December– Stuff. I had planned to take December off from the Riot, since Christmas is already a source of great angst for me. It would certainly be easy to do a ‘Stuff Boycott’ in January, but honestly, kind of a redundant cop-out. Focusing on stuff for the stuffiest month of all is doubtlessly more useful. There won’t be any boycotting (though I personally adore the idea), but it will force me to buy higher quality gifts, instead of resisting gift-giving till Dec 22, then bowing out at the last minute to corporate crap. Which is my usual plan.
January– Garbage, Household Fuel. What better to follow the stuff month than the garbage month right? Also, the coldest month of the year is a little late, but better than never, to consider heating efficiency and leaks.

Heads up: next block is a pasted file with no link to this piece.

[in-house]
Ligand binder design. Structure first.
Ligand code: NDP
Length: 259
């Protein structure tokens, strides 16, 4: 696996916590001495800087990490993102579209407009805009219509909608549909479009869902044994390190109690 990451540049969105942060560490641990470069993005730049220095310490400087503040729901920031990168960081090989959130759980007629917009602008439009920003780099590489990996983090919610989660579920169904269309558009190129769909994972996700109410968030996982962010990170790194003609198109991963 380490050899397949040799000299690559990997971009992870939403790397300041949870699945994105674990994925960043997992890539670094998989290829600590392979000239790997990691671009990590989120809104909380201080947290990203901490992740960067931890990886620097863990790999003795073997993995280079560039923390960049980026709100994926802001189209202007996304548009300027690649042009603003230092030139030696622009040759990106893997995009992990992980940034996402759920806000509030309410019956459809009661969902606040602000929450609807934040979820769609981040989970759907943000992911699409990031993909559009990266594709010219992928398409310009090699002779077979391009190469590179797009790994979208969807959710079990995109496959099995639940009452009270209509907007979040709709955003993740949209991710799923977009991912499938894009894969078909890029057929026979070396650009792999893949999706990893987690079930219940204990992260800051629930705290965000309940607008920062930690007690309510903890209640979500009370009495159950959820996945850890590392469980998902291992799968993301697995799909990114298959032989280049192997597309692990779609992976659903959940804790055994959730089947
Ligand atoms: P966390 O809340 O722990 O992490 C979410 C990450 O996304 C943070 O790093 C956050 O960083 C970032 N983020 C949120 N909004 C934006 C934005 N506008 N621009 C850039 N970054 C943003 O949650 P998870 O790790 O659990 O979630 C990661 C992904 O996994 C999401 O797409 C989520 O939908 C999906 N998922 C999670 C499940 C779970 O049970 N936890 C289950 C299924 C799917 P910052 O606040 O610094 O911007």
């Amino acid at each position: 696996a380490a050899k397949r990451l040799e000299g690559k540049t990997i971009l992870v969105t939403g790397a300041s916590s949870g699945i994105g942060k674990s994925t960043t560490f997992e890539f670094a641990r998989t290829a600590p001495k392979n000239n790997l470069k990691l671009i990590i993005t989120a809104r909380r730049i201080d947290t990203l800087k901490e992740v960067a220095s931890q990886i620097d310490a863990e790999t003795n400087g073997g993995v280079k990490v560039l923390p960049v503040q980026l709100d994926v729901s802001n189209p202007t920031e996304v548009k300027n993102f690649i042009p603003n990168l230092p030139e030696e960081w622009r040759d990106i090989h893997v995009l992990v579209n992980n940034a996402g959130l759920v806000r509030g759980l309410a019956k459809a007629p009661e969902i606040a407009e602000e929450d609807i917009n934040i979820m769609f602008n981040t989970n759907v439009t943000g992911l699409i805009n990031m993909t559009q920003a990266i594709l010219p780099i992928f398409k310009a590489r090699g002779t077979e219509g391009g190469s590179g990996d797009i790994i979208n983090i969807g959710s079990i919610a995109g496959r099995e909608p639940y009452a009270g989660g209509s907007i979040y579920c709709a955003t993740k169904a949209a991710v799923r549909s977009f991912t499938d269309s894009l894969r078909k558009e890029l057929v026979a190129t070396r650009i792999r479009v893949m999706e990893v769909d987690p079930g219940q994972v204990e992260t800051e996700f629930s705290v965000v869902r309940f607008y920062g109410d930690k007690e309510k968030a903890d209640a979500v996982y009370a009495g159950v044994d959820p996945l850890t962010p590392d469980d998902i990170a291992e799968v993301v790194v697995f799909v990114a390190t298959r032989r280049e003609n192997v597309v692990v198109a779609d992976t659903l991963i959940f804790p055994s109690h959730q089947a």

February– Electricity, Water. Hopefully I won’t wait till February to use the Watts Up I ordered, or build that cool kids water play fountain. But, can’t do it all at once…
March– Transportation, Continuation. This will be my wind down month. Transportation is not a big one for us. We only drive a few times/week and those trips are pretty much non-negotiable, though a little belt-tightening is always possible. Perhaps more importantly, I want to spend the last month focusing on what qualities allow or encourage a person to persist with doing things the hard way, when everyone around us worships ‘the easy way’ with religious fervor. Because while a few months of focus is certainly helpful, sustaining the good habits is the important (and hard) part.